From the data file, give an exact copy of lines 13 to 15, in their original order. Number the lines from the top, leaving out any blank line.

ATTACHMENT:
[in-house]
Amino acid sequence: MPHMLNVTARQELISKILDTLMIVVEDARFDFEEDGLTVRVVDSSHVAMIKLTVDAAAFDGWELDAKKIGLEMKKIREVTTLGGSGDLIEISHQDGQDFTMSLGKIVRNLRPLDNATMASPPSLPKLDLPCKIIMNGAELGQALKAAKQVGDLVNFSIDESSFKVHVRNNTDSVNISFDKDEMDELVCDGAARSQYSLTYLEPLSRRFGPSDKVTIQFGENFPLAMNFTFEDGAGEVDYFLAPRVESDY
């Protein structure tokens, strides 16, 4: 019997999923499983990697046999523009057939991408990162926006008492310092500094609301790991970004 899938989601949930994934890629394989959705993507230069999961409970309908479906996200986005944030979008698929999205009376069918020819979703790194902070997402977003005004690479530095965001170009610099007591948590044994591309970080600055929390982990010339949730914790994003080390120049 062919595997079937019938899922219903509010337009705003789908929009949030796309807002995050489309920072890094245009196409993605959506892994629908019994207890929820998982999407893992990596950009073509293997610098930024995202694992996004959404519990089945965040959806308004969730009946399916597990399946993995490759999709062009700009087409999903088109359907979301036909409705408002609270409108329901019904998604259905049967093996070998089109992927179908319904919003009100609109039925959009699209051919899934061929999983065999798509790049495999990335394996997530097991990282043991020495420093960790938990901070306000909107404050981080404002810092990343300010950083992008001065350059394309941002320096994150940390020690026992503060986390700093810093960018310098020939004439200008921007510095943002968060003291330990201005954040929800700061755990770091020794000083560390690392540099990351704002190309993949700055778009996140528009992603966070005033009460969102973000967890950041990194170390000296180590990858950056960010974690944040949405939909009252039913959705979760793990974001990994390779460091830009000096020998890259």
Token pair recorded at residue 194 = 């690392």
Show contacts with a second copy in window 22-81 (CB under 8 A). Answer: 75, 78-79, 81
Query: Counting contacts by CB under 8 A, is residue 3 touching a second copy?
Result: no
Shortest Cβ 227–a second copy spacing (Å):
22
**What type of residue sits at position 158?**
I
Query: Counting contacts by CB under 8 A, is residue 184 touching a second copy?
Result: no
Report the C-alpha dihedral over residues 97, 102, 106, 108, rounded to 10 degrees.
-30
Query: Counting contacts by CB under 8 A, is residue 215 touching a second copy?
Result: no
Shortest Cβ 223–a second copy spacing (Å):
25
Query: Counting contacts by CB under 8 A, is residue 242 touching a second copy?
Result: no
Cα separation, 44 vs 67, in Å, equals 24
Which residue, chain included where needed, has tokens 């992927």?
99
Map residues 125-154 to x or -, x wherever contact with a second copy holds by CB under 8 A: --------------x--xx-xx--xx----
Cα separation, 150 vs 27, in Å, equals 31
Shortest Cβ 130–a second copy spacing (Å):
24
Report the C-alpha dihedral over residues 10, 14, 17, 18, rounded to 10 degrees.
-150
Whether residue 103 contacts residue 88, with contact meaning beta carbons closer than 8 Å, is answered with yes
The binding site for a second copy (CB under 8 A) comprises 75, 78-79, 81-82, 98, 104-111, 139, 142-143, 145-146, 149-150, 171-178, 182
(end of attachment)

Result: no
Report the C-alpha dihedral over residues 97, 102, 106, 108, rounded to 10 degrees.
-30